If you discovered the Umbrella Academy comic book series through the Netflix screen adaptation, and only picked up the source material afterwards, you might have found yourself confused or disappointed. The Netflix series is only a loose adaptation of the graphic novel by Dark Horse, and the truth is, the comic is very different.
A recent spin-off focusing on fan-favorite Klaus premiered this year, and it’s clear the Netflix show helped writer Gerard Way sharpen his vision. You Look Like Death is a prequel that occurs about a decade before the events of Apocalypse Suite (from which the Netflix series draws its inspiration), and after reading the first two issues, I have to say, it looks promising.
My impression of the original graphic novel was that the story was choppy, poorly paced, and often confusing. The characters weren’t very well-defined and the story seemed to move between action sequences without much glue to hold it together. I did get the impression that the writers and illustrators had spoken, at length, about the plot… but that plot was lost in translation, as the comic seemed desperate to highlight the coolest action sequences without investing much in back story.
You Look Like Death builds wonderfully on both the original graphic novel and the TV series. The story arc and pacing has a much cleaner, well-defined quality. The issues are short, but what they lack in quantity they make up for in quality. The linework is less “sketchy,” the colors brighter, the backgrounds more detailed. One of my biggest complaints of the original graphic novels was that all the characters look alike; in You Look Like Death, the characters manage to have actual faces that one can readily tell apart, complete with expressions and noses (something that was occasionally conspicuously missing in Apocalypse Suite). And it’s not just their faces that are more distinguishable; the personalities of the characters are, too. Perhaps it’s because we are focusing on a cast of one instead of a cast of seven (well, six, since poor Ben is dead throughout the series).
In Issue One, Klaus is kicked out of the Umbrella Academy due to his drug use and general delinquency. Sent out into the wide world, he engages in a series of zany gimmicks to try to make his way, including such hijinks as putting himself up for adoption. He steals a massive stash of drugs and experiences a high like no other, unaware that he just ripped off an incredibly powerful chimpanzee vampire drug lord, The Shivers. Moving to Hollywood, he happily discovers a wider world of mind-altering substances than he ever could have imagined. The issue ends with Klaus dancing at a Hollywood party, having recently made the acquaintance of a wealthy but washed-up actress, Vivian.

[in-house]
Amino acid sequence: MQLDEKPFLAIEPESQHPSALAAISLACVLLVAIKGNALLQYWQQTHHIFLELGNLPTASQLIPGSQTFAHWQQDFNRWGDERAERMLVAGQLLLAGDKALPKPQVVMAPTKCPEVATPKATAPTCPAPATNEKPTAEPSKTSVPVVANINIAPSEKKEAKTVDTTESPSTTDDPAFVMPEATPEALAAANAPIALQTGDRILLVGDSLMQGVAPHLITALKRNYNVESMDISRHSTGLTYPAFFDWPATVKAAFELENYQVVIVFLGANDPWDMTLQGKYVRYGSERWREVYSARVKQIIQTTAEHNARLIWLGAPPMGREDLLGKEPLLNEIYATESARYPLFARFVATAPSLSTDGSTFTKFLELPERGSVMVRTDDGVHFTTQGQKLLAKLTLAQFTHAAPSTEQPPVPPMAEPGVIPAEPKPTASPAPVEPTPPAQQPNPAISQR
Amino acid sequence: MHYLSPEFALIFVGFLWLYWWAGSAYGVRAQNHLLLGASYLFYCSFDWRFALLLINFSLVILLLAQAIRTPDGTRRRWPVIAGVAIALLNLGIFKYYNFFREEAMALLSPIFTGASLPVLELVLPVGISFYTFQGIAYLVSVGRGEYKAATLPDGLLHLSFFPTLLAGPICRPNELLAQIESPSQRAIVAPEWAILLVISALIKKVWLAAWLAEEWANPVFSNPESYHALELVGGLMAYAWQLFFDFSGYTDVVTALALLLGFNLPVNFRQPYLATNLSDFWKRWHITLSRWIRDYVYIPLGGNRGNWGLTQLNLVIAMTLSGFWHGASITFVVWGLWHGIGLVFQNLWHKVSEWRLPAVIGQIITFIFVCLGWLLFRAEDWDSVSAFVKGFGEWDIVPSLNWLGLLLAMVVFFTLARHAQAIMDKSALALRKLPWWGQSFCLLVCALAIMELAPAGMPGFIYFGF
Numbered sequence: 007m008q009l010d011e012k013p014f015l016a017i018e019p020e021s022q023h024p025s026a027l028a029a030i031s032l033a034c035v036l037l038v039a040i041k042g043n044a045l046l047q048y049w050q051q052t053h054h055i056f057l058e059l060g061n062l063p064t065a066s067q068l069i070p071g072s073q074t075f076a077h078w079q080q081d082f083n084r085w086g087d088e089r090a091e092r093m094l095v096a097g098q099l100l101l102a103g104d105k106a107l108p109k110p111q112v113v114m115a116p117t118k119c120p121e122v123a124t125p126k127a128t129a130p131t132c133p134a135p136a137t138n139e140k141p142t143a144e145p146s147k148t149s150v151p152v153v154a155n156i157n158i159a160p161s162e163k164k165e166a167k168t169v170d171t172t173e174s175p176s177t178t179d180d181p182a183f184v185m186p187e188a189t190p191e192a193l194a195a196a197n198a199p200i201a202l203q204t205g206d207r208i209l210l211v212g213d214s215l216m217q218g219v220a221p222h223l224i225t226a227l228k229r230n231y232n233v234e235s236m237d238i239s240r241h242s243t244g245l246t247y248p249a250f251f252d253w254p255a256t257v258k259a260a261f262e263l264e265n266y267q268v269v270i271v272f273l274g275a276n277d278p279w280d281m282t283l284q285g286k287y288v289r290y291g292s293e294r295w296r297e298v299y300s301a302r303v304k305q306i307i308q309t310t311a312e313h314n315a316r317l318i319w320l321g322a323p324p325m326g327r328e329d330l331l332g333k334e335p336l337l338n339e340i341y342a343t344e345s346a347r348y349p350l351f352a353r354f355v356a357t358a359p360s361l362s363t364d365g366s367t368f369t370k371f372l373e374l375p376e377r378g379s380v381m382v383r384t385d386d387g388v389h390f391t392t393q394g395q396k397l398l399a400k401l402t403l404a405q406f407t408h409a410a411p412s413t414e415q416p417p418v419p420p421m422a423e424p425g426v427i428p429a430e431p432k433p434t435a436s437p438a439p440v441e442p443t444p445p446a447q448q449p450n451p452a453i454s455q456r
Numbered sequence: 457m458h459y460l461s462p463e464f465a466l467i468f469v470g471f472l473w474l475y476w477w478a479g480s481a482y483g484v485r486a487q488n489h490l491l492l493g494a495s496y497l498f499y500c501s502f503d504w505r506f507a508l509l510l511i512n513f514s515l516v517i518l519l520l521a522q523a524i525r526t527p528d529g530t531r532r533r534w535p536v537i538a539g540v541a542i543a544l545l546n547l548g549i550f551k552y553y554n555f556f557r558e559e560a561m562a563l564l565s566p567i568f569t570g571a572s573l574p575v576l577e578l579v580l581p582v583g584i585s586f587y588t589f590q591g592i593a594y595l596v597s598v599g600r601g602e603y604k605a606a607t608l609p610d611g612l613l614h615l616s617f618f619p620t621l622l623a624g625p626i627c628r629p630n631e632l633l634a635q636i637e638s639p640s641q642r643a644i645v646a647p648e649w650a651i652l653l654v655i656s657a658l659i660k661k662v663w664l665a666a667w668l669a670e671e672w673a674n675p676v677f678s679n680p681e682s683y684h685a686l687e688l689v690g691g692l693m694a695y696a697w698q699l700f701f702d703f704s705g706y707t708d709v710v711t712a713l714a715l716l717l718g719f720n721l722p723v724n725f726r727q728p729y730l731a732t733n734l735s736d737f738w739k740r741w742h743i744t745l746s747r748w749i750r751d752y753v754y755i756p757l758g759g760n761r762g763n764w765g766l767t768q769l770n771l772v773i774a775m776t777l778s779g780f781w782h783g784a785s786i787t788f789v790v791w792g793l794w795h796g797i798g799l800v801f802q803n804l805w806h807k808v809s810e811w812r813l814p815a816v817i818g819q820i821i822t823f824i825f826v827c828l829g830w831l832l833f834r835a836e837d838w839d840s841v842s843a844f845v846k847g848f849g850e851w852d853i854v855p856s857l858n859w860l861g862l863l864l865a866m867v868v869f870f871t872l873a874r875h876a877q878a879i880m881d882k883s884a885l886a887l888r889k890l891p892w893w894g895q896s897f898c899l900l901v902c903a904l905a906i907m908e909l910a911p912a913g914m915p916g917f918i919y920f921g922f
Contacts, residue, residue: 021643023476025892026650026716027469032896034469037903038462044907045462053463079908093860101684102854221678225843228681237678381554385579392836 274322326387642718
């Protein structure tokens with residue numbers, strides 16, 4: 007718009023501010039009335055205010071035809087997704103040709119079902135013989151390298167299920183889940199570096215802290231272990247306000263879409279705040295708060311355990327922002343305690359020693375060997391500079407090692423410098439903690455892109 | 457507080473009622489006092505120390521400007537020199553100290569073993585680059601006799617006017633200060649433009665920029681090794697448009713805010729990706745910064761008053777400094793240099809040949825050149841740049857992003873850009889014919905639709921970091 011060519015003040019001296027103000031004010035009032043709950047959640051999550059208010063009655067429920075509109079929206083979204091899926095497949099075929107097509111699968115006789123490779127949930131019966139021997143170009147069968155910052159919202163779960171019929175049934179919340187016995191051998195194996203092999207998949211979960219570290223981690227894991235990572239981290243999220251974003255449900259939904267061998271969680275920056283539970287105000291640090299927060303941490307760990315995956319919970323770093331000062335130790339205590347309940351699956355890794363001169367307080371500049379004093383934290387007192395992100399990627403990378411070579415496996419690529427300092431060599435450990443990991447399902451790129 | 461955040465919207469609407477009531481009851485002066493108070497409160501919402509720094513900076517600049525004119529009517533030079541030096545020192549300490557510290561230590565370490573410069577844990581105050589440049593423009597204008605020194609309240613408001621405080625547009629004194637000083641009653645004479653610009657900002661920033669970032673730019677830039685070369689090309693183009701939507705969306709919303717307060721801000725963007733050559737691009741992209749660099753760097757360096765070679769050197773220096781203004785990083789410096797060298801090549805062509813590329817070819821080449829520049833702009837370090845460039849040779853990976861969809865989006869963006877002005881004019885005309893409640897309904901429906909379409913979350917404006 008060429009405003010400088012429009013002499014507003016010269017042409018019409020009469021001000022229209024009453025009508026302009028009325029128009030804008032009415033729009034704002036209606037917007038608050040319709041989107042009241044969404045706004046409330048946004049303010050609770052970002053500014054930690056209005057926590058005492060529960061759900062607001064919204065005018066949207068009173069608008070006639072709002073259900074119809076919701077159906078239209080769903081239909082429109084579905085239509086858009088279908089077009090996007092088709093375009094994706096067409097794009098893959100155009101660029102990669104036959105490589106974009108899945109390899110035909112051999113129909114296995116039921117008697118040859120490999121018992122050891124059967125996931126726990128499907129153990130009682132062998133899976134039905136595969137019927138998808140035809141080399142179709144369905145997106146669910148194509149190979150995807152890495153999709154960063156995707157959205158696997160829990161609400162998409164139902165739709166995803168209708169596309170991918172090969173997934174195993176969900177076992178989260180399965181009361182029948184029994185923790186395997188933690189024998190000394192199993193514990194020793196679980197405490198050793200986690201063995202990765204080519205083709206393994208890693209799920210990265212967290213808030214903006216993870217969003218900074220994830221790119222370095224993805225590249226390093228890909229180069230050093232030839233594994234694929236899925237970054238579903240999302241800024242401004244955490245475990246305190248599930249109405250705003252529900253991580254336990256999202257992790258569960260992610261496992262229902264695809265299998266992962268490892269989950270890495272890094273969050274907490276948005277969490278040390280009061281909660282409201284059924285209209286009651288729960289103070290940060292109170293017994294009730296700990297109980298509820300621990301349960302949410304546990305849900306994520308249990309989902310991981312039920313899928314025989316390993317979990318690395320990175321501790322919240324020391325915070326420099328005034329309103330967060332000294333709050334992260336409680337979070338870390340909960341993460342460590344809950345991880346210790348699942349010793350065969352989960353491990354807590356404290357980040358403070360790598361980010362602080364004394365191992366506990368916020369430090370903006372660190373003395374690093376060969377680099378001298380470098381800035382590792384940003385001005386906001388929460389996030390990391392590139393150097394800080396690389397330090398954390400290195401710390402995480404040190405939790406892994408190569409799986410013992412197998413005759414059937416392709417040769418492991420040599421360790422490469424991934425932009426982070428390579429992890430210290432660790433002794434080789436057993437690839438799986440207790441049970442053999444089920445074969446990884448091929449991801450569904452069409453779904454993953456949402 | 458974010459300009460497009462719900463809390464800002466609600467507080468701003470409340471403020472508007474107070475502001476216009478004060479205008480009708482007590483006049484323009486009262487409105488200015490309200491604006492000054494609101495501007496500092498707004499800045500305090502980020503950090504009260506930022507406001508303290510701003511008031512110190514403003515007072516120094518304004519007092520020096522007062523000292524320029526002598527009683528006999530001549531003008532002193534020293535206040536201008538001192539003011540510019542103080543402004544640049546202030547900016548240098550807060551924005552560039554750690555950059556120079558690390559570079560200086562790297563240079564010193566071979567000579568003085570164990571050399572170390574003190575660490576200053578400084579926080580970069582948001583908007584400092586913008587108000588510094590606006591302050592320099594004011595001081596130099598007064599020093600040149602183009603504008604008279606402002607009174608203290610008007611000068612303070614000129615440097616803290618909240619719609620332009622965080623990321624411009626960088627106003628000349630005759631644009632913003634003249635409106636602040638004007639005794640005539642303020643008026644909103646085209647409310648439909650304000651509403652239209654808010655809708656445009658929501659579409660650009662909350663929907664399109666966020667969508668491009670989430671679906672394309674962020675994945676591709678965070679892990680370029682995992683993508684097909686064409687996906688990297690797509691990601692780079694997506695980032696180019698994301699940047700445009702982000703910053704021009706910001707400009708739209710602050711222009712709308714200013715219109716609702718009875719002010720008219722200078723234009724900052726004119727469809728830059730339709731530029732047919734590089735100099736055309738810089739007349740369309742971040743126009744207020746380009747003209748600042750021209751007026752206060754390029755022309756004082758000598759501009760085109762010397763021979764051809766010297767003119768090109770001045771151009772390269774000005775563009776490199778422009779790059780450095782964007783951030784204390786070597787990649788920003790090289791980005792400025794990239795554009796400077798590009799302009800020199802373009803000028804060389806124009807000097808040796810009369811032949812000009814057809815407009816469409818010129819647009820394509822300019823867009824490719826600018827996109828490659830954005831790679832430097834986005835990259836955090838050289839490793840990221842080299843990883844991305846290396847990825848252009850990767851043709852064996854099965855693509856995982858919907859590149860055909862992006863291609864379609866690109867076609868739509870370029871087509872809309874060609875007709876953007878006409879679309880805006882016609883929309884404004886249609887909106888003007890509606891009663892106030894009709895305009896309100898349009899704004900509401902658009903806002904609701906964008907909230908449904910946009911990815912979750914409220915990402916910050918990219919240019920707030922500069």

In Issue Two, Klaus basks in the attention of the Hollywood elite, summoning long-dead sensations to dance the lindy-hop at parties and impress various creative types with “his” talents. Unbeknownst to him, Shivers the vampire chimp is hot on his trail, and is moving in to take his revenge. Meanwhile, Vivian, Klaus’s patron, introduces him to heroin and begins making demands for Klaus to summon various ghosts for her. We’re treated to some flashbacks of Klaus’s childhood and Reginald’s A+ parenting, and the issue ends with Klaus possibly making a big mistake with his powers. (No spoilers; you’ll have to read the issue if you want to know what happens!)
Although I was never a fan of the original Umbrella Academy graphic novels, You Look Like Death: Tales from the Umbrella Academy is a fun series. The attention to detail, color, and design is far superior to Apocalypse Suite, and perhaps because of the influence of the screen series, the characters seem better written and well-rounded. There’s more humor (Klaus, of course, has always been the comic relief) mixed with intense angst-filled darkness (Reginald scraping up Klaus’s dead cat is nothing short of hair-raising). For the price, I would definitely recommend You Look Like Death. It’s an improvement upon the original comic series and, for those who prefer the Netflix series, a faithful expansion on a beloved character, with explorations of both his lighter clown-like side as well as his disturbing, traumatic past.
You Look Like Death doesn’t take itself too seriously, one other complaint I have about the original Umbrella Academy comics. The dark themes are present but they are only lighted upon, which, in my opinion, gives them a little more impact. Apocalypse Suite and subsequent issues of the central series read, at times, like a soap opera, with the comedic backdrops feeling out of place and poorly timed. You Look Like Death makes comedy the main focus, with Klaus’s trauma always lurking just out of reach, giving it a rightfully ominous feel that doesn’t bludgeon the reader over the head. Given the short length of the issues, and the limitations of the medium, sometimes, less is more, and suggesting meaning is better than showing it outright. The fact that Gerard Way was able to accomplish this in You Look Like Death demonstrates a degree of maturity in his writing, and I’m hopeful that it might carry over to the fourth volume of Umbrella Academy, currently in production.